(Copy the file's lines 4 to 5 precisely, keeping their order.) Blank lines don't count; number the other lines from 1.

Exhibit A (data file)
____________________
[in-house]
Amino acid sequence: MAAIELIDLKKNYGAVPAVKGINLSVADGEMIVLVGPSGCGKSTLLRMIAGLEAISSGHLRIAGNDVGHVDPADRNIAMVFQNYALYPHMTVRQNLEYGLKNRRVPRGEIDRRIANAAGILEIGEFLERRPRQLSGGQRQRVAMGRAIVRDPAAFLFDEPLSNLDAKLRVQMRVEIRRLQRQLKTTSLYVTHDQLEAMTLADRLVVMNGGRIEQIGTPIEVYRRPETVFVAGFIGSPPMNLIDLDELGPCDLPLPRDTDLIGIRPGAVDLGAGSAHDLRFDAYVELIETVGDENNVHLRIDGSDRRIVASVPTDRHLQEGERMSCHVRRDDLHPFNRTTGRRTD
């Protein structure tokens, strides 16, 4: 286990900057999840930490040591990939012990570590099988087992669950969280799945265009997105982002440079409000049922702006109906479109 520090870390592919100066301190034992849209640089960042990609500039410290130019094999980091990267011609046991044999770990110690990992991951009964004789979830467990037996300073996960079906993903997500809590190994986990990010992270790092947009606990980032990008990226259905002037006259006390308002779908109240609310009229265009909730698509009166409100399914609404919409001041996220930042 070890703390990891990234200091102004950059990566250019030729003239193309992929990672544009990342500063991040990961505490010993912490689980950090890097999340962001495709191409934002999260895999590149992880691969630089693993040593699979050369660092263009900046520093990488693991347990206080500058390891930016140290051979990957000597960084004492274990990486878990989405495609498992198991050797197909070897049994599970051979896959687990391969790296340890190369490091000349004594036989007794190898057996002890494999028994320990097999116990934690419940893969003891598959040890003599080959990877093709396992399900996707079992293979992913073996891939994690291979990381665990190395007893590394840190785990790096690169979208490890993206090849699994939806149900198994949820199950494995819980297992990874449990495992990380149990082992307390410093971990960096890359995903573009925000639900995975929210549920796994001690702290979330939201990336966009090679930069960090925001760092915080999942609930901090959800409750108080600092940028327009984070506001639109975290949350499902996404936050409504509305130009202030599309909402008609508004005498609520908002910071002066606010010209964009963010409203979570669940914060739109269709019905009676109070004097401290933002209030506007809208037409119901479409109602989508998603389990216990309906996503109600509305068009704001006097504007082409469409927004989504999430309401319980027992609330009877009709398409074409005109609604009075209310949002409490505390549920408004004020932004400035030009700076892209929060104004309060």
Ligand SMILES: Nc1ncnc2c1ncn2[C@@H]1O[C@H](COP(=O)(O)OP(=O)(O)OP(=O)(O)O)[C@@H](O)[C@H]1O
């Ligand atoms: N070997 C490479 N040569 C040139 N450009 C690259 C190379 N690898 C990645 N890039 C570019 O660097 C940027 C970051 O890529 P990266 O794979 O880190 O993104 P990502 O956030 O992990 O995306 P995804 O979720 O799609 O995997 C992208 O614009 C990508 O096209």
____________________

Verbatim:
Ligand SMILES: Nc1ncnc2c1ncn2[C@@H]1O[C@H](COP(=O)(O)OP(=O)(O)OP(=O)(O)O)[C@@H](O)[C@H]1O
């Ligand atoms: N070997 C490479 N040569 C040139 N450009 C690259 C190379 N690898 C990645 N890039 C570019 O660097 C940027 C970051 O890529 P990266 O794979 O880190 O993104 P990502 O956030 O992990 O995306 P995804 O979720 O799609 O995997 C992208 O614009 C990508 O096209």